Corona Crisis: Making the Impossible Possible

Jul 03, 2020 Digital & Product Solutions

Teamwork for supercomputers, production changeovers or accelerated testing processes: The Corona crisis brings out unusual ideas that wouldn’t have been conceivable in normal times.

Gigantic computing power

In normal day-to-day business, Microsoft, Google, Amazon, and IBM are in fierce competition with each other. But now the tech giants have shown there can also be cooperation. Under the auspices of the US government, they have joined forces – together with other partners such as Nasa and the Massachusetts Institute of Technology – to form the “Covid-19-High-Performance Computing Consortium” to support research on the quest for effective remedies. The consortium currently comprises 16 supercomputer systems with computing capacities of 330 petaflops. For your information: One petaflop corresponds to one quadrillion computing operations per second. The “Summit” developed by IBM shows what a supercomputer can do. With its help, researchers at the Oak Ridge National Laboratory were able to filter out 77 active ingredients from more than 8,000 compounds in just two days, all of which are suitable for the fight against Covid-19. With conventional laboratory research, this would have taken years.

Companies support companies

Putting toilet paper and noodles on the shelf instead of frying burgers and fries? No problem, thought McDonald’s and Aldi, who entered into a unique cooperation to date during the corona crisis. The background: Since the massive increase in demand for food was putting a severe strain on the discounter’s capacities, especially in sales and logistics, and on the other hand numerous branches of the fast food chain were closed, the two industry giants quickly agreed on a personnel partnership. In this partnership, McDonald’s employees were specifically placed with Aldi and deployed there as required.

Disinfectant instead of perfume

Luxury companies such as Louis Vuitton Moët Hennessy (LVMH), based in Paris, actually earn their money with perfume, champagne, jewelry, watches, and other valuable goods. In mid-March 2020, however, company boss Bernard Arnault instructed three locations of his group’s cosmetics and perfume division to produce hydro alcoholic gels in view of the shortage of disinfectants in France. The focus was not on their own profit. Instead, the gels were distributed free of charge – primarily to hospitals in France. Other French cosmetics manufacturers such as L’Oréal, Rocher, and Sisley also joined the LVMH initiative. During the Corona crisis in Germany, alcohol manufacturers such as Jägermeister, Klosterfrau, or Pernod Ricard also entered the production of disinfectants.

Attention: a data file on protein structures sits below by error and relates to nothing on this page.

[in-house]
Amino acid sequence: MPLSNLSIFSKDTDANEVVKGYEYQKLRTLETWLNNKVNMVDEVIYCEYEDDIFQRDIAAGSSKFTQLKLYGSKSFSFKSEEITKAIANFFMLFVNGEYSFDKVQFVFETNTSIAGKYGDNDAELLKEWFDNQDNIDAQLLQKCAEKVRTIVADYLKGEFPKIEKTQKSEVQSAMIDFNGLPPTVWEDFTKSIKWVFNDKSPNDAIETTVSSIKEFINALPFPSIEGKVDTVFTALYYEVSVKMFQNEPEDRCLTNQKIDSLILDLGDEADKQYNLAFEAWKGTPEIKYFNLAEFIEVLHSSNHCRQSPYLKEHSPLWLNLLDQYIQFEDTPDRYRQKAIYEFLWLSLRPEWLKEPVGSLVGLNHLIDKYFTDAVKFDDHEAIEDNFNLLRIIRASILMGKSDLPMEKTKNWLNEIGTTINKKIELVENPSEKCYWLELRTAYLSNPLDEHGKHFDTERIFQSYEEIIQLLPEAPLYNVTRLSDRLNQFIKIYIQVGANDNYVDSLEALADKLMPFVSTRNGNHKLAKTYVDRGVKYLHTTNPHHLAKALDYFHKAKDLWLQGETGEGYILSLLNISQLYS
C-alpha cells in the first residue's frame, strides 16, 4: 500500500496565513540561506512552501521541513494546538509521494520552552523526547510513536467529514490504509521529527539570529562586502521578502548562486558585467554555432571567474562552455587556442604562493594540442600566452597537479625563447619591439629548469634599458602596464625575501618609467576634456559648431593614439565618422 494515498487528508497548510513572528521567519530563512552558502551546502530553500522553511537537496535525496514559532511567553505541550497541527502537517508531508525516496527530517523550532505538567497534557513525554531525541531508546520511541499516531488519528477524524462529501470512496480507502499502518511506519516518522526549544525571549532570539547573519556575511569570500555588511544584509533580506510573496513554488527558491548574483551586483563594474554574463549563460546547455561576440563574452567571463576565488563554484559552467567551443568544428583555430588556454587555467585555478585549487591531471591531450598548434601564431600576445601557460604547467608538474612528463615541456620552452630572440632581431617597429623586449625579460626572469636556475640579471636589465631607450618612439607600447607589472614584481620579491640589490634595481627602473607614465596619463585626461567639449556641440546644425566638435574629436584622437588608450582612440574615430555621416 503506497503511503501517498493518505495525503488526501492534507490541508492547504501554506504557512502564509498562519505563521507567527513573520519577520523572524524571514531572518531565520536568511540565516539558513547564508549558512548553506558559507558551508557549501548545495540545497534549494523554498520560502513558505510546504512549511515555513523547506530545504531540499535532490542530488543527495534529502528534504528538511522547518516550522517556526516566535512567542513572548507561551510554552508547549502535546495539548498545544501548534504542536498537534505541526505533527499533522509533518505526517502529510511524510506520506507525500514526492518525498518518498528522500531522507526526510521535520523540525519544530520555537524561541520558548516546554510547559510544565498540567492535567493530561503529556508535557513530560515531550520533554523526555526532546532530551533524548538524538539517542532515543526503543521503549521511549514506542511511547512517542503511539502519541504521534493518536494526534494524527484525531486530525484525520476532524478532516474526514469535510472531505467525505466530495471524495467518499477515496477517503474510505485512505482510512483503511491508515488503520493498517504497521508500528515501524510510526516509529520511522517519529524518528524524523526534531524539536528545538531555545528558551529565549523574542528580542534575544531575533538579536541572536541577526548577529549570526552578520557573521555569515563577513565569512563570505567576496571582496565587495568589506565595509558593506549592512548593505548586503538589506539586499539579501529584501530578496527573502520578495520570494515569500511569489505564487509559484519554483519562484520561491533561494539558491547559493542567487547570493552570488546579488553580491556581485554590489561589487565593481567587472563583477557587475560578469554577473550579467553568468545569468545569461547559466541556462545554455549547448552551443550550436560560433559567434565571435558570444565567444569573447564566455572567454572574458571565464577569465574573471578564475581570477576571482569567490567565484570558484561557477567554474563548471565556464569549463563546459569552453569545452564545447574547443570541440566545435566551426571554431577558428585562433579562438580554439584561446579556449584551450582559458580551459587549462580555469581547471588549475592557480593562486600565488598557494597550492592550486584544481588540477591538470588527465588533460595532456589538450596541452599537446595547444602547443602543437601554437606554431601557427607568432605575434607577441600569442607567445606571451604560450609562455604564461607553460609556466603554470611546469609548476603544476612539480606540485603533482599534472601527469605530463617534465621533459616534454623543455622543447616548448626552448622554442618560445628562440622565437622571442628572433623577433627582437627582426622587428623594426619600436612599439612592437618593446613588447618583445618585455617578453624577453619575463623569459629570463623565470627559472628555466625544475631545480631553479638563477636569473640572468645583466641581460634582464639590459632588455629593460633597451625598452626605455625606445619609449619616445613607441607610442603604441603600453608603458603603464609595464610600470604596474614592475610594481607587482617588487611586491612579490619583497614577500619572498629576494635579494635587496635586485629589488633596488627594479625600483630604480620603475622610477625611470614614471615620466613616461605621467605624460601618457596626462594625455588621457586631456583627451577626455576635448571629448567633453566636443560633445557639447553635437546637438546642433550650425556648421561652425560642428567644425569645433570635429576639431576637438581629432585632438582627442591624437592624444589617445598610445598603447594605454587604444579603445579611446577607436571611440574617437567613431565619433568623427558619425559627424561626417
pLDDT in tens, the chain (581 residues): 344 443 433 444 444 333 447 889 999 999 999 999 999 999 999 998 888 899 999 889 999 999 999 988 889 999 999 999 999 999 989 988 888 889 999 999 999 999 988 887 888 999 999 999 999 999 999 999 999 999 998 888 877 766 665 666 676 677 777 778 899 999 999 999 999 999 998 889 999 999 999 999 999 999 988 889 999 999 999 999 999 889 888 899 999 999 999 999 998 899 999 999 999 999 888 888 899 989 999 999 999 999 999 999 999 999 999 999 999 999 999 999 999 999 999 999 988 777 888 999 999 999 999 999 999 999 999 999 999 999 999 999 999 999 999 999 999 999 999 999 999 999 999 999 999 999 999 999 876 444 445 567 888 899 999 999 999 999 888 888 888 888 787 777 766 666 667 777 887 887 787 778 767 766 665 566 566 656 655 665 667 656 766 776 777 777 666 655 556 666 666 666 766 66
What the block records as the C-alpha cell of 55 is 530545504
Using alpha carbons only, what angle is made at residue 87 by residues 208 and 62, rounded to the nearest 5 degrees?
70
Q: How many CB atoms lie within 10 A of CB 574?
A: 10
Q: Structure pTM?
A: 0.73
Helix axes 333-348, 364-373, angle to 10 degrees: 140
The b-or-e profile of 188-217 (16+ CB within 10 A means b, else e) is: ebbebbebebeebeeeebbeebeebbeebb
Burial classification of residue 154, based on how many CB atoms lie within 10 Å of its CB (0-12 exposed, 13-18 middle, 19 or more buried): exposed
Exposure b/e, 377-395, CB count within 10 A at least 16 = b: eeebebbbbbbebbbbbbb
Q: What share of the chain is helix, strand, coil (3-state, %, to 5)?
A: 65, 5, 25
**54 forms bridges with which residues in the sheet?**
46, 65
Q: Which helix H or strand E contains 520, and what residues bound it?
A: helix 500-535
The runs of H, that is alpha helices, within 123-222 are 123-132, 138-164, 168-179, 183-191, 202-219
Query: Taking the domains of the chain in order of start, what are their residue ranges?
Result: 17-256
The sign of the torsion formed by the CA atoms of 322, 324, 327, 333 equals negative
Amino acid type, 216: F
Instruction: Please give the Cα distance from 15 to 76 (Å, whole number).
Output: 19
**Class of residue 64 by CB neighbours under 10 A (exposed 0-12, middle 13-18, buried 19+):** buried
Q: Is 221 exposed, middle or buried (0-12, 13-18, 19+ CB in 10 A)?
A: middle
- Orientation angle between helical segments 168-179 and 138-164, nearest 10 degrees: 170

Fruit and vegetables from the parcel carrier

When the yellow DHL vehicle stops at your front door, you know that the package you ordered has finally arrived. In the Heinsberg area, which has been particularly badly affected by the corona virus, Deutsche Post and DHL Paket supplied especially older citizens and other risk groups with unchilled food and everyday household goods from the end of March to mid-May 2020. Rewe has been on board as a retailer since the beginning of the project and Edeka was added a little later. DHL has also implemented similar projects with partners outside Germany – for example in Australia together with Woolworth and in the UK with Morrisons.

Simplified standards and rules

Protective gear and medical products such as respiratory masks and respirators are needed more urgently than ever in the corona crisis. For several weeks now, numerous companies in the automotive and supplier industry have therefore been supporting medical technology production and the manufacture of personal protective equipment. The Daimler Group, for example, is using 3D printers to produce individual components needed to produce medical equipment. The Spanish Volkswagen subsidiary Seat is building mechanical ventilation aids. Mahle and the underwear manufacturer Triumph are cooperating in the production of respiratory masks. Specifically for this purpose, the market supervisory authorities have defined simplified processes for the market entry in response to the recommendation of the EU Commission of March 13, 2020. Incidentally, the DEKRA test laboratories in Arnhem (Netherlands) and Málaga (Spain) also test and certify respiratory equipment for patients in hospitals under this accelerated procedure.